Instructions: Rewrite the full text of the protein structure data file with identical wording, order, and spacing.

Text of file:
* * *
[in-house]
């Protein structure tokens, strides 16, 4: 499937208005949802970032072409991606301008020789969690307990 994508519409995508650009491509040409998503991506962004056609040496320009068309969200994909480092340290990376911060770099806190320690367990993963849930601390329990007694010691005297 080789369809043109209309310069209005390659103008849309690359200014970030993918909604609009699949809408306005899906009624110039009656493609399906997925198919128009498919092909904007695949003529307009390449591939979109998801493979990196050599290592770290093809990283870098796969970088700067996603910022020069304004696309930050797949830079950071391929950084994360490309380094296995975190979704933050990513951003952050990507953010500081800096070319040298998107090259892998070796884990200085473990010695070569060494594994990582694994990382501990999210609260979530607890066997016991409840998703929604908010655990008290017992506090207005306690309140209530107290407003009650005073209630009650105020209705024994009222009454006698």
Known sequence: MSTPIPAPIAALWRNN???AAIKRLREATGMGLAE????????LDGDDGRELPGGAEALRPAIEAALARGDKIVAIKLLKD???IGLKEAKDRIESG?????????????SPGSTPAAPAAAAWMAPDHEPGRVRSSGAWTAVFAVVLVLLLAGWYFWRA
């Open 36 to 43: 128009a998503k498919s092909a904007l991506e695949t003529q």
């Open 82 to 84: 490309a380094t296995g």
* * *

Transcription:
[in-house]
């Protein structure tokens, strides 16, 4: 499937208005949802970032072409991606301008020789969690307990 994508519409995508650009491509040409998503991506962004056609040496320009068309969200994909480092340290990376911060770099806190320690367990993963849930601390329990007694010691005297 080789369809043109209309310069209005390659103008849309690359200014970030993918909604609009699949809408306005899906009624110039009656493609399906997925198919128009498919092909904007695949003529307009390449591939979109998801493979990196050599290592770290093809990283870098796969970088700067996603910022020069304004696309930050797949830079950071391929950084994360490309380094296995975190979704933050990513951003952050990507953010500081800096070319040298998107090259892998070796884990200085473990010695070569060494594994990582694994990382501990999210609260979530607890066997016991409840998703929604908010655990008290017992506090207005306690309140209530107290407003009650005073209630009650105020209705024994009222009454006698």
Known sequence: MSTPIPAPIAALWRNN???AAIKRLREATGMGLAE????????LDGDDGRELPGGAEALRPAIEAALARGDKIVAIKLLKD???IGLKEAKDRIESG?????????????SPGSTPAAPAAAAWMAPDHEPGRVRSSGAWTAVFAVVLVLLLAGWYFWRA
């Open 36 to 43: 128009a998503k498919s092909a904007l991506e695949t003529q």
């Open 82 to 84: 490309a380094t296995g």